On many static websites the total size of the actual text content of the most popular 20 pages would come in at under 100kb.

I would imagine that it would be possible to leverage HTML5 local storage to download content via AJAX from the server in a single file, save it to local storage and use it with a data driven JS framework such as angularJS. In fact you could be downloading even more content silently in the background. This could potentially make for a very fast and responsive user experience.

Despite this I have not seen any websites working in this way. Is there a reason that I am missing that would make this a bad idea?

  • 1
    Don't forget about making SEO work. And, do you really need to reinvent browser caching?
    – jfriend00
    Commented Sep 21, 2015 at 9:11
  • You forget that a lot of this is done for you by the browser. A good reason not to do this would be: what if you needed to update one such resource?
    – Neil
    Commented Sep 21, 2015 at 9:41
  • It is a bad idea because it is much much easier to supply the correct catching headers for your GET requests and let the browsers do the heavy lifting. Commented Sep 21, 2015 at 18:09
  • @jfriend00, yes I was wondering about SEO also. I believe that Google's crawler can handle some basic javascript but this would probably be beyond the scope of their crawlers. Commented Sep 22, 2015 at 1:28
  • @Neil, I suppose that you could have expiry timeouts built in depending on the resource. As I mentioned in the post I was thinking more about static sites that would not be undergoing short-timespan updates Commented Sep 22, 2015 at 1:31

1 Answer 1


I think the short answer to your question is that the reason you’re not seeing much happening like what you describe is that HTML5 local storage is in no way up to the task, and we have until just the last two years or so lacked anything being specified that would provide a better solution.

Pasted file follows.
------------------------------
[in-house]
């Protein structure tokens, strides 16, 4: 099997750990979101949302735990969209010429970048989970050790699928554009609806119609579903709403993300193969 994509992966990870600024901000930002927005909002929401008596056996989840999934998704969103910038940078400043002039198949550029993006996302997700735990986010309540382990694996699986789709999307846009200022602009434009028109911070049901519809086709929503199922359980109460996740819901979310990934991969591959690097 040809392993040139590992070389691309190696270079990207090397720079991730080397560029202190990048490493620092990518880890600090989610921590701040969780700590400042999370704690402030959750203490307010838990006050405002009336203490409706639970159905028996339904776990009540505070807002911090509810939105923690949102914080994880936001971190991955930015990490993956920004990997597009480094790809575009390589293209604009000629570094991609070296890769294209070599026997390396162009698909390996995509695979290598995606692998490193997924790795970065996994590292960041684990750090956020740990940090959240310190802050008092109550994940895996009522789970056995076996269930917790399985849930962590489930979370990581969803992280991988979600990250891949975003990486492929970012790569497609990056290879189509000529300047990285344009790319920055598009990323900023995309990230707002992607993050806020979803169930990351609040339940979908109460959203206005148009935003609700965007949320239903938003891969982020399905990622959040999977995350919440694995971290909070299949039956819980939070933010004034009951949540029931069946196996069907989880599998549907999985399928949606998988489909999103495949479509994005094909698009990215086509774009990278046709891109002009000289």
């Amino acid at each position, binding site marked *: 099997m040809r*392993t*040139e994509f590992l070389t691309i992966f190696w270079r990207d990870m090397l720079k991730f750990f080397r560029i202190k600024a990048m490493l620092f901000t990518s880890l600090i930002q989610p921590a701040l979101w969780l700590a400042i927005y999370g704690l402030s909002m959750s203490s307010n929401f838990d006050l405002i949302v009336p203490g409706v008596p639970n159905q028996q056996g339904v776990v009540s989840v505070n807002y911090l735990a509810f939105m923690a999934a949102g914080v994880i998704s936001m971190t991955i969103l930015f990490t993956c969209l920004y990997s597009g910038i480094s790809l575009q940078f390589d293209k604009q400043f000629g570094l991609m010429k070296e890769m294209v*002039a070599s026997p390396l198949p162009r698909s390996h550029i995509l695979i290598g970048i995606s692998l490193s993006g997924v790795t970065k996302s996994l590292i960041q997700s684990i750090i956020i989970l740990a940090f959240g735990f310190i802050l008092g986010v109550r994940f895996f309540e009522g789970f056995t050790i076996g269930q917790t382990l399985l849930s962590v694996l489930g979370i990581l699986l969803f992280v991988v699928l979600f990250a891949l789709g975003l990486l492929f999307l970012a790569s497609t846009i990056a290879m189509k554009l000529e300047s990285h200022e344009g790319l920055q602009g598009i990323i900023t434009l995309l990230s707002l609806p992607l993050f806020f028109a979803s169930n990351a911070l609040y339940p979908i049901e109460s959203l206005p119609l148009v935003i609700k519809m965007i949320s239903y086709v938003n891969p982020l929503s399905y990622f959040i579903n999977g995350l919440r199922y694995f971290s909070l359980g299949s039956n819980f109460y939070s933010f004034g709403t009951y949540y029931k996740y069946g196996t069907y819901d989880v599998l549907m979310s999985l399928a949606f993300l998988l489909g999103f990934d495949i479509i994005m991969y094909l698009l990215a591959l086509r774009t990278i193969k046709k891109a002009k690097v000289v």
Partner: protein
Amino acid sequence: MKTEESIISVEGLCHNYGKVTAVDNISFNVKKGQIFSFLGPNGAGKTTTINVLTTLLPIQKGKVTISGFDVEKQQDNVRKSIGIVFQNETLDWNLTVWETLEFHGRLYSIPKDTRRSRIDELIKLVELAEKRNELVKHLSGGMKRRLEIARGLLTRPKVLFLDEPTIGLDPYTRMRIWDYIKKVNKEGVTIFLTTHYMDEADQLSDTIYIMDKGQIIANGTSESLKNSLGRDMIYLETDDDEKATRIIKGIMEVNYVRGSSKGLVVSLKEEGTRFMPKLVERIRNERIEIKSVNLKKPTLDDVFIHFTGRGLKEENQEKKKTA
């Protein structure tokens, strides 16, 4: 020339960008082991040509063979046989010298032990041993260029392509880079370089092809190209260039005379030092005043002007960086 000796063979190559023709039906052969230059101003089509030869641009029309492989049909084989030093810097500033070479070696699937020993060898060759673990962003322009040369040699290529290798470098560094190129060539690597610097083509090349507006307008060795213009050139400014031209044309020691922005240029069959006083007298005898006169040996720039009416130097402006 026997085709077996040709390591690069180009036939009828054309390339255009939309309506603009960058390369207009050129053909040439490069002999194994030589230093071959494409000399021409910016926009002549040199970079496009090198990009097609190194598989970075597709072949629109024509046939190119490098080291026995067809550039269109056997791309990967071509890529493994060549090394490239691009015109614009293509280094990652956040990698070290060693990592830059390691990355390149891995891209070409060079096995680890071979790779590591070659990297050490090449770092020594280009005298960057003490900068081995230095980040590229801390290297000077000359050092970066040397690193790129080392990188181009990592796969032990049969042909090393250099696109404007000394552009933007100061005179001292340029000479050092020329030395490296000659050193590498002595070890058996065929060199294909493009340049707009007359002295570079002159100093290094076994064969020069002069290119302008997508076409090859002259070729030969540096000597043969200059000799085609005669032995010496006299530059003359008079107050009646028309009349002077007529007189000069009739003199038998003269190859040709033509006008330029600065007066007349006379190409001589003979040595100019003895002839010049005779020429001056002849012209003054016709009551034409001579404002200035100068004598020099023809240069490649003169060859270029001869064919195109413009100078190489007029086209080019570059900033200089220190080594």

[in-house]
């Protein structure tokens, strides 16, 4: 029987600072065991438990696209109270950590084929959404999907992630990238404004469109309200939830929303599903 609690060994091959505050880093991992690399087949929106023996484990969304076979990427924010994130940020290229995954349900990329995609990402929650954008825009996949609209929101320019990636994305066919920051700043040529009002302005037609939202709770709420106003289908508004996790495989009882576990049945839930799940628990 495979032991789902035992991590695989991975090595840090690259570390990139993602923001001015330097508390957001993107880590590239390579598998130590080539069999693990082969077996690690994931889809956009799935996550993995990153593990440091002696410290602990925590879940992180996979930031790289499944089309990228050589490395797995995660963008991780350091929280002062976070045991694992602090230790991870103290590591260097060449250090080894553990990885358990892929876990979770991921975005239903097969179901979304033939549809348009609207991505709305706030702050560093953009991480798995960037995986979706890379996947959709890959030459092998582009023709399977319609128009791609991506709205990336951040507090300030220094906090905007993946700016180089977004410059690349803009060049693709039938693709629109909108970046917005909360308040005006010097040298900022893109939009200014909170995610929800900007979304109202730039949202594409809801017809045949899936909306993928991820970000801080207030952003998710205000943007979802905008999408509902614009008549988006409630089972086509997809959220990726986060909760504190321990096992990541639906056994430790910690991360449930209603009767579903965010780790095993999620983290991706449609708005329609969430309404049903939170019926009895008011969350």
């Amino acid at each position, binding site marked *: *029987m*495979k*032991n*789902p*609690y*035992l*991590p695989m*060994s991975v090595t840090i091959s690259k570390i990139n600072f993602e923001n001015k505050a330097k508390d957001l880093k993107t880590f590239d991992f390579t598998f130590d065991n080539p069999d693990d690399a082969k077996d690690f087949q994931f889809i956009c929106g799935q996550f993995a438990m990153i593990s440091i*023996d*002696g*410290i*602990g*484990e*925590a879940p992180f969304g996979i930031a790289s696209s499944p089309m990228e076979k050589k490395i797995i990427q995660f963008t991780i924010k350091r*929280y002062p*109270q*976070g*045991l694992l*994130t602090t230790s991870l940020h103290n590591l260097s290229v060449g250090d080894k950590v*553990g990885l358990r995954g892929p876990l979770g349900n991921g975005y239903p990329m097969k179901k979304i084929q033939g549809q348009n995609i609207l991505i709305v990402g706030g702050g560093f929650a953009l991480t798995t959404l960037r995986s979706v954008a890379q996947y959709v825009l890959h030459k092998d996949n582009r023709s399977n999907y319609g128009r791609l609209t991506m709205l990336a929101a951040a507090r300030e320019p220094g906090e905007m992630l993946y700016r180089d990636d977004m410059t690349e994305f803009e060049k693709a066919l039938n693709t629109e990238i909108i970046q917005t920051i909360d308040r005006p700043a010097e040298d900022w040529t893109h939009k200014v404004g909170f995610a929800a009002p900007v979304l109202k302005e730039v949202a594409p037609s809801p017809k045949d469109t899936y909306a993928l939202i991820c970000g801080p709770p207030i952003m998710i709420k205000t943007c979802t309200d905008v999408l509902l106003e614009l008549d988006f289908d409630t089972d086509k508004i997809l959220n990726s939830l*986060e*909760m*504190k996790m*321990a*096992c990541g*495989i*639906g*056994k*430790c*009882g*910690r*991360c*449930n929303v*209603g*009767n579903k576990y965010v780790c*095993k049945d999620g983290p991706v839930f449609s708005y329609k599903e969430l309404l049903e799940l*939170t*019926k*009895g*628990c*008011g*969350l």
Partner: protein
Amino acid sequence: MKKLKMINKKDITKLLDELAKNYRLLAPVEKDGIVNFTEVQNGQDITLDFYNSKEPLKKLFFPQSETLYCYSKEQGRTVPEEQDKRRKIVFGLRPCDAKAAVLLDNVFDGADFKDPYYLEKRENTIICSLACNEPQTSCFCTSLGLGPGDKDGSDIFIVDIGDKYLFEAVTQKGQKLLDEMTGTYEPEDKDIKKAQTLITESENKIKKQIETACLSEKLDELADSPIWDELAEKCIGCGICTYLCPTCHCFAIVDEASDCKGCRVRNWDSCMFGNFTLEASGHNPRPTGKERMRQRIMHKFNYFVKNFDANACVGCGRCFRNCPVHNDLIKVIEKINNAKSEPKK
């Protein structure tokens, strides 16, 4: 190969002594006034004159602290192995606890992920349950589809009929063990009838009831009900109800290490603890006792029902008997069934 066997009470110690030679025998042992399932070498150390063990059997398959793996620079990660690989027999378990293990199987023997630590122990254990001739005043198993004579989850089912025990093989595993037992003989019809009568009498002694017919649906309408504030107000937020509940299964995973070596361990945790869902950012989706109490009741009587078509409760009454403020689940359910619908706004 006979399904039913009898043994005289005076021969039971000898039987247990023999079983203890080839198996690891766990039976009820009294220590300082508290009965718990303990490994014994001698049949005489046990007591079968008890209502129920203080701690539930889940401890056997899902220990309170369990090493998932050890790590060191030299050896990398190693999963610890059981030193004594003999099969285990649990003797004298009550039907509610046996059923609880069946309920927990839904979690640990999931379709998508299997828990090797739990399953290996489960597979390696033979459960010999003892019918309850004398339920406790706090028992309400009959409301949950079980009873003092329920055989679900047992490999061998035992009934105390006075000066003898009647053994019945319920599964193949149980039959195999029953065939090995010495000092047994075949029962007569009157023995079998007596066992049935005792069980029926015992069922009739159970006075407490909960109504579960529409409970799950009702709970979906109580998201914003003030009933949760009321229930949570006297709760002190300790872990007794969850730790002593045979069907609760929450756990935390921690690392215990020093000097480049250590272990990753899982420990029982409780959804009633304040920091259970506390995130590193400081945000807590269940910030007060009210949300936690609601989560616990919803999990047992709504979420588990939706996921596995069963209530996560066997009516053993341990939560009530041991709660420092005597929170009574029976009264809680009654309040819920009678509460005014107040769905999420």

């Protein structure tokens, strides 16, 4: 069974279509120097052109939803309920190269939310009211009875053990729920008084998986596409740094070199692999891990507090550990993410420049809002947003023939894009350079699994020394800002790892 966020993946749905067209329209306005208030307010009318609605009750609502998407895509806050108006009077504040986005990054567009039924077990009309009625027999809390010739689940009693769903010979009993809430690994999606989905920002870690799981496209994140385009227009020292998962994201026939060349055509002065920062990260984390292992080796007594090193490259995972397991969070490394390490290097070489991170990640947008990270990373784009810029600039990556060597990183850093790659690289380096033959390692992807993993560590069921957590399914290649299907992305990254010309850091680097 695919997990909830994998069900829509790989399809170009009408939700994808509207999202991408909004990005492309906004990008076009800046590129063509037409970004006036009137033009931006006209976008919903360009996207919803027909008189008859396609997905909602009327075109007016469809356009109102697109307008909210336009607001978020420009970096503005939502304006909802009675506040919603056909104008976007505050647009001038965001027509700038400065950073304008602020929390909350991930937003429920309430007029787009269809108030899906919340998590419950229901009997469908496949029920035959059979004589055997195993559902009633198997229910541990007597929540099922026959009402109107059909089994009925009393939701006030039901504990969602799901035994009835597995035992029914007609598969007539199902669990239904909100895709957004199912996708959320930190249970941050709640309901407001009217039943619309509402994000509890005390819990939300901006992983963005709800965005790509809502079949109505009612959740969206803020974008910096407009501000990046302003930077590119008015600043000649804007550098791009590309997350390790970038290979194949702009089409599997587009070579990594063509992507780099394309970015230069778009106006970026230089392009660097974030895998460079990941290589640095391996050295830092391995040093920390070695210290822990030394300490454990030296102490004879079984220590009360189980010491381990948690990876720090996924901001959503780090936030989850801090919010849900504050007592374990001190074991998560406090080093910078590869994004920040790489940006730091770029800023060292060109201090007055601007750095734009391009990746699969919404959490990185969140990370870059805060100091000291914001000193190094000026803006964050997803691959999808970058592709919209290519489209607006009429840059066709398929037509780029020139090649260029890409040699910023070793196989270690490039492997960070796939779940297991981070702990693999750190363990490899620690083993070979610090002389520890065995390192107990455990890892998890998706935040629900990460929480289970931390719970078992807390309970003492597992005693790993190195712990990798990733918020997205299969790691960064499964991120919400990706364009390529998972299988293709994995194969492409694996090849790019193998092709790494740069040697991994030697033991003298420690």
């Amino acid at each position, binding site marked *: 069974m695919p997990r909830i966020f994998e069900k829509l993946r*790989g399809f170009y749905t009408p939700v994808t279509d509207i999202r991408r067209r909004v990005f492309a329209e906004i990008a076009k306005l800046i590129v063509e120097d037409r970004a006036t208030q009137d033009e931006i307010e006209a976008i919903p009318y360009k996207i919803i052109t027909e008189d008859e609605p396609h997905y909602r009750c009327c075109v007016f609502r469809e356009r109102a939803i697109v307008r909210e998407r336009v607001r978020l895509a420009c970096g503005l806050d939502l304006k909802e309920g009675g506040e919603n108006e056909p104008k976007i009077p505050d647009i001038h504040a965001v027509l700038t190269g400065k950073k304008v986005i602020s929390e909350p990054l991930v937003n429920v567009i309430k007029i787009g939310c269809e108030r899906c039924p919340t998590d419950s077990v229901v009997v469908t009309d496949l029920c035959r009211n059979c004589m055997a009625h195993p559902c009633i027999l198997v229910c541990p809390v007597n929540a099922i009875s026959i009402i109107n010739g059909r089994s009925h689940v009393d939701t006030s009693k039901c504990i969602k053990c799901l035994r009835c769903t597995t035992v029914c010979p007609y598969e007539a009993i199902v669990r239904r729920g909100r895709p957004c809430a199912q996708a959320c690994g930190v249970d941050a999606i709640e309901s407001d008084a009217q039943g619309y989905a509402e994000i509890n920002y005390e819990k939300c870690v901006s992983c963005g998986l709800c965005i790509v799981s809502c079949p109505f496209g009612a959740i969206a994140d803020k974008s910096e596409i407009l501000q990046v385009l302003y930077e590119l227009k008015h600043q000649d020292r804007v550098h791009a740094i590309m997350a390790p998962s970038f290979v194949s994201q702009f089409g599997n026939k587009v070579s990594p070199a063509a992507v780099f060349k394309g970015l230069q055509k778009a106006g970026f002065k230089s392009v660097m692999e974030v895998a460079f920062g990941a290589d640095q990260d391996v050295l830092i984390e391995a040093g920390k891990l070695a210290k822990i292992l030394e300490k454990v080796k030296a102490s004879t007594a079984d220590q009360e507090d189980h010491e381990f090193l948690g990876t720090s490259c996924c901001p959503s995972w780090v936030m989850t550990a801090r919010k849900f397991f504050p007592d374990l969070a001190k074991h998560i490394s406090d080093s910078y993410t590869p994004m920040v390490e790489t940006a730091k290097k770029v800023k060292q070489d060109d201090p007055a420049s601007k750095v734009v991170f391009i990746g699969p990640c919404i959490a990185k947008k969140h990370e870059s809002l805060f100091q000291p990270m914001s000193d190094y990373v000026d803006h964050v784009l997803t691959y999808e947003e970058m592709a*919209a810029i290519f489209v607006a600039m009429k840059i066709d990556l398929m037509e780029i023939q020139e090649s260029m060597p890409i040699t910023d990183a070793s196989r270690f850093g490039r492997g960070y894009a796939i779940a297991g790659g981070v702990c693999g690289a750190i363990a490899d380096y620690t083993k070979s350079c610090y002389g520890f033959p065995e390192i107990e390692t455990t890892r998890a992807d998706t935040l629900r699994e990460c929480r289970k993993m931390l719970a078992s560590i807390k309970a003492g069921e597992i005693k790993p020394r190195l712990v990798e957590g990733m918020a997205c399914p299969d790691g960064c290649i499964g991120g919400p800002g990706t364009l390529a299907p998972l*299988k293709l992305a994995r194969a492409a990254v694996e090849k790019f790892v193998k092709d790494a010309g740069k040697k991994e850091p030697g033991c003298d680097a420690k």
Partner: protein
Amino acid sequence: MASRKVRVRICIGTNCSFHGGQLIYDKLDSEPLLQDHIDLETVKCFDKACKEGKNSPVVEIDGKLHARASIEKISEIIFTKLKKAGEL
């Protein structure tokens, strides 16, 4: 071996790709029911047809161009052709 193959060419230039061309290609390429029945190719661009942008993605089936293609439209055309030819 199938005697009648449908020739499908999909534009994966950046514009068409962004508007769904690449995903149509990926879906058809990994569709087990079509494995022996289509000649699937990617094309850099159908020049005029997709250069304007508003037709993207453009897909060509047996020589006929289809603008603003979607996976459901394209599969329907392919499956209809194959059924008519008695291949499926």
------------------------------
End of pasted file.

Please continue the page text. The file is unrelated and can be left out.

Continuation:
About HTML5 local storage specifically: It has a race condition and some other problems that prevent it from being suitable for use in production for any application where you want to ensure there’s not data corruption and where you want to be able to store more than just strings.

Those problems in local storage could possibly be fixed but the reality is that none of the browser-engine vendors have any interest at this point in sinking further resources into their local storage implementations. They would all rather that Web developers use alternatives to local storage.

Anyway, for the use case you describe, thankfully there are actually more robust solutions in the works. The key piece going forward will be Service Worker—and, in the context of this question, the Service Worker Cache and CacheStorage interfaces specifically.

Also IndexedDB is the production-grade solution that the Web runtime now has for the general case of robust storage of data on the client, with efficient implementations, and with more feature-filled control over the type of data stored and how it’s stored.

  • "local storage is in no way up to the task" - YES it IS up for the task. you can dump there any response coming from from the server, and for simple applications you will not scratch the 5MB limit. it wasn't meant for it, but still, it can very much successfully be used for caching server responses.
    – vsync
    Commented Oct 14, 2018 at 10:57

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